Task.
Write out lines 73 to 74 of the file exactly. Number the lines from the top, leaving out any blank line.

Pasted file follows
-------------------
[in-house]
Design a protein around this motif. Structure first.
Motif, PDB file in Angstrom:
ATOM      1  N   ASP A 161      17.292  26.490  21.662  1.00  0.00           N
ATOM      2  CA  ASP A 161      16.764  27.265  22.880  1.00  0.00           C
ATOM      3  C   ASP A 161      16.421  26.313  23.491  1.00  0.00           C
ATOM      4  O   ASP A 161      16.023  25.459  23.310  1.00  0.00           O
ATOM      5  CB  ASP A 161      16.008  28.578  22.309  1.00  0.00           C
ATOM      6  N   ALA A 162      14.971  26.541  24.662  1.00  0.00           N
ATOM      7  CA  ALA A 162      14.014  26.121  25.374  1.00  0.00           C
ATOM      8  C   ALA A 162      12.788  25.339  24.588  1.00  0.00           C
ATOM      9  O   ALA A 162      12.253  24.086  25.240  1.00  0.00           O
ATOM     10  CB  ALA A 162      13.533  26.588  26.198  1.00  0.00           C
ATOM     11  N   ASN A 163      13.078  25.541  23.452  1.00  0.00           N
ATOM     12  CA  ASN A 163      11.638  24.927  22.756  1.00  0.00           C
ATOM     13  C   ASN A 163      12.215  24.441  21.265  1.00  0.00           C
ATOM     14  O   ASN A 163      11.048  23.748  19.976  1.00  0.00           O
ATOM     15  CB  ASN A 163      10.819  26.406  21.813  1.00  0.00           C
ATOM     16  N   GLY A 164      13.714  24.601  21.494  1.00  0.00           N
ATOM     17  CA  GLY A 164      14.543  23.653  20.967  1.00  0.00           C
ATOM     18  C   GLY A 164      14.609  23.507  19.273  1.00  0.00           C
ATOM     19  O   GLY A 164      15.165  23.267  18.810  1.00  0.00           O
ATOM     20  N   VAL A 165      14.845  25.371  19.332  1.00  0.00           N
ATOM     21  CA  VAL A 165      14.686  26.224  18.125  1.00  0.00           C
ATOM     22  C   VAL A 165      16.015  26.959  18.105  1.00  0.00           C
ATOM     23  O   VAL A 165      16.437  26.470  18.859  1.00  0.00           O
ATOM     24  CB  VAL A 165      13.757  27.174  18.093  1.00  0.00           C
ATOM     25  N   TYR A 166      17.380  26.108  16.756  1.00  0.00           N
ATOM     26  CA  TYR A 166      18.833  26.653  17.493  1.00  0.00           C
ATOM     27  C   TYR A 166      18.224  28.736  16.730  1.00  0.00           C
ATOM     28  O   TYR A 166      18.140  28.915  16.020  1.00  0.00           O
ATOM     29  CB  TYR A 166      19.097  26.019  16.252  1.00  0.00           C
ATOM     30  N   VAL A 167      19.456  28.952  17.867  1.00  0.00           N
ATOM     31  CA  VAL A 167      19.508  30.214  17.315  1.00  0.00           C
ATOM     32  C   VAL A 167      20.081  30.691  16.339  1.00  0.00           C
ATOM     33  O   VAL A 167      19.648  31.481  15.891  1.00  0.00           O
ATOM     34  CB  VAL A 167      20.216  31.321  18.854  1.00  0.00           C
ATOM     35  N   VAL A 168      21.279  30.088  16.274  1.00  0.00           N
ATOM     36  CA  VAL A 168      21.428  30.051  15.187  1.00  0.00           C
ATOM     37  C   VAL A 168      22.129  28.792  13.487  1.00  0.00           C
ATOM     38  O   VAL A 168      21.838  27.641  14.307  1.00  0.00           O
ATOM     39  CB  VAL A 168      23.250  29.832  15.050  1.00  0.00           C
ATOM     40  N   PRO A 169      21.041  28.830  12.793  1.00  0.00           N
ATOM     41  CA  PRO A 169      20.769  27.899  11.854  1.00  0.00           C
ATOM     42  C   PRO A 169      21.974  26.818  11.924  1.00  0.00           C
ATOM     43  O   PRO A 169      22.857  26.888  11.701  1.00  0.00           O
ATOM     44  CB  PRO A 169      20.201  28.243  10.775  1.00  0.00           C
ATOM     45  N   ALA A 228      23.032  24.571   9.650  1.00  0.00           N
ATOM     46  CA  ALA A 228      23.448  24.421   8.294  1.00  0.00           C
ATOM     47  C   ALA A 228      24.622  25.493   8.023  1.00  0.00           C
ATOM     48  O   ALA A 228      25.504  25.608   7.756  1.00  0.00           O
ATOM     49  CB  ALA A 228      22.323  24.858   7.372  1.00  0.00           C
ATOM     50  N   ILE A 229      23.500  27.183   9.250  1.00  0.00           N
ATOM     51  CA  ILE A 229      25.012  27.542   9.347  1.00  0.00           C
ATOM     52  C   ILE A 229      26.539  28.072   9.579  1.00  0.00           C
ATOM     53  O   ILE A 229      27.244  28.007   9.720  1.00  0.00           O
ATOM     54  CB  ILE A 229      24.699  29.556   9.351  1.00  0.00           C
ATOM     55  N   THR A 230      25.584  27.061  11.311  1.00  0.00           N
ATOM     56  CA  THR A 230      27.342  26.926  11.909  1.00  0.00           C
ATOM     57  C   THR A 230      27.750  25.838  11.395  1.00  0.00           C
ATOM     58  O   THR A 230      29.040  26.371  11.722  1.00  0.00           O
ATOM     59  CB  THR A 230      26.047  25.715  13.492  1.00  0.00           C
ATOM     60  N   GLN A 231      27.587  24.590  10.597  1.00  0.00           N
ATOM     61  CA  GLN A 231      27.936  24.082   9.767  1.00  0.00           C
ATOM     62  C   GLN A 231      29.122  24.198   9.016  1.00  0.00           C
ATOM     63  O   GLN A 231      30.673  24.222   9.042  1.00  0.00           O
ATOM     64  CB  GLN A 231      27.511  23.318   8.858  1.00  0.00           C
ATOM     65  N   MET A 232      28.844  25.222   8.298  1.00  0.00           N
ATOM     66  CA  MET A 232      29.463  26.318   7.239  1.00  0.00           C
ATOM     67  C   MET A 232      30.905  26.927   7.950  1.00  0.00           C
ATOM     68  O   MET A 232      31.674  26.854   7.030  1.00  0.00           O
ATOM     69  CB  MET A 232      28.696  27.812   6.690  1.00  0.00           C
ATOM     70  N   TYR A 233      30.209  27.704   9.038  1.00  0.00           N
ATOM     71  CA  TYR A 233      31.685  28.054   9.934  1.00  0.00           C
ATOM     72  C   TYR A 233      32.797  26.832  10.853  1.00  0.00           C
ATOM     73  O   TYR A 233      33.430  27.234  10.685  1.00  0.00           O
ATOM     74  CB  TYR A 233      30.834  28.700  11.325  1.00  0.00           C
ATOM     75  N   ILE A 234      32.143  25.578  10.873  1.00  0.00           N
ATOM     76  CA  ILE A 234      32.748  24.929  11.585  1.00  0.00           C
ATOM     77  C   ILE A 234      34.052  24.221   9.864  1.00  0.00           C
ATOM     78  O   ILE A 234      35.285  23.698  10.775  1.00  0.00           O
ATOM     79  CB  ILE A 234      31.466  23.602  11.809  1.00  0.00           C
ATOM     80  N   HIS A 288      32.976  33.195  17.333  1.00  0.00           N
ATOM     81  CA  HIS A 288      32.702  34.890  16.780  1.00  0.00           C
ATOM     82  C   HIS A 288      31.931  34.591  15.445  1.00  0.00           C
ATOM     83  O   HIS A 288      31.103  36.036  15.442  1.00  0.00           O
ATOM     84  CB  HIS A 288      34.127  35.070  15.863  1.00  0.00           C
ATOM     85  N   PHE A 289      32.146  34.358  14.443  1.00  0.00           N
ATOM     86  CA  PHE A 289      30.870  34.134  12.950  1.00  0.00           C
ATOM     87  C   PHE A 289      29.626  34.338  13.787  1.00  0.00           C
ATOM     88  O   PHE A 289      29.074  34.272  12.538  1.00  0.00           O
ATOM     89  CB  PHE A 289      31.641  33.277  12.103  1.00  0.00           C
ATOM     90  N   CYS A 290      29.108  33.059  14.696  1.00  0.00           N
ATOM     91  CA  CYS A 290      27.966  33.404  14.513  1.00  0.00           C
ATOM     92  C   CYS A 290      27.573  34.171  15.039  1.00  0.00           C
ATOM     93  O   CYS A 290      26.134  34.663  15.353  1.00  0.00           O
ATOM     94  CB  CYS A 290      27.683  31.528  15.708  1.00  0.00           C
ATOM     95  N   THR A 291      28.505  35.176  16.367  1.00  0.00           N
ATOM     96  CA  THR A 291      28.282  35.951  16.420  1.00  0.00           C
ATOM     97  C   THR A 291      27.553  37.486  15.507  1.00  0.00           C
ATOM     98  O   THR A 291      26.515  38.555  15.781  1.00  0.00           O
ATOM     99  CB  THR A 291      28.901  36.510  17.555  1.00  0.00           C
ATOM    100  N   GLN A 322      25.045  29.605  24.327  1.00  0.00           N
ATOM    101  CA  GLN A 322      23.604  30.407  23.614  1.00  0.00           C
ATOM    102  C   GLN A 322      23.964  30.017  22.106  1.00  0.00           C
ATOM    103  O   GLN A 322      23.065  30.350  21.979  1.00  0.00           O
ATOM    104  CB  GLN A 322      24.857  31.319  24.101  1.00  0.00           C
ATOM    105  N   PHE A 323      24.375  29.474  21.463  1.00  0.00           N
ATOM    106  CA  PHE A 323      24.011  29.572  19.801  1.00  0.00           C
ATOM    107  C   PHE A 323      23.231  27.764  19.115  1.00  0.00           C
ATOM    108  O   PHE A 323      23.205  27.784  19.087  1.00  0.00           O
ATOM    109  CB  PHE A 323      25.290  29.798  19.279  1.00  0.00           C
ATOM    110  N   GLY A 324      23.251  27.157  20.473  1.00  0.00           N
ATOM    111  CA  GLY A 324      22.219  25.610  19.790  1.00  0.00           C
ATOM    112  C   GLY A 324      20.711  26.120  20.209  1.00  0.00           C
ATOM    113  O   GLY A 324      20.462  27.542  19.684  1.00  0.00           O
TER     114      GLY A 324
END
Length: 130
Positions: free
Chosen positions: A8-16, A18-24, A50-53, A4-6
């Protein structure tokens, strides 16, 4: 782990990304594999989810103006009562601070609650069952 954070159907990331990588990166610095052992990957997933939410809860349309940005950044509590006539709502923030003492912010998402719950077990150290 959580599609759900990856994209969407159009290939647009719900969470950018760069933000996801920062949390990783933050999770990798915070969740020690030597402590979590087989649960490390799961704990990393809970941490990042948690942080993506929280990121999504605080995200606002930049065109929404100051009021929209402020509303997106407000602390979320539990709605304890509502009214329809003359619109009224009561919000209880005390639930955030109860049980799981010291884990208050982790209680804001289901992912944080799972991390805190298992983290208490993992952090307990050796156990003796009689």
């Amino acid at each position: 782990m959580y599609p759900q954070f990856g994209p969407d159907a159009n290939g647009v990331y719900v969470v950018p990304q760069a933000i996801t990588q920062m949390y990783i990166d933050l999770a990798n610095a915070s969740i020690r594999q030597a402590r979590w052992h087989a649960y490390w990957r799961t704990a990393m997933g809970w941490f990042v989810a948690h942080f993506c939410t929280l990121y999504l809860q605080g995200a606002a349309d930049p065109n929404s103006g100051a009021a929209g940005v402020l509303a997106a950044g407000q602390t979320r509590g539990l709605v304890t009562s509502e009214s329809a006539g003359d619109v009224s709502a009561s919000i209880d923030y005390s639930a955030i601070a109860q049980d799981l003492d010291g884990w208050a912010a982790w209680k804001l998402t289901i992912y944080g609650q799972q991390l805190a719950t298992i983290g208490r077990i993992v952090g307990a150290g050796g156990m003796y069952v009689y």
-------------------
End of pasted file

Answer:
ATOM     70  N   TYR A 233      30.209  27.704   9.038  1.00  0.00           N
ATOM     71  CA  TYR A 233      31.685  28.054   9.934  1.00  0.00           C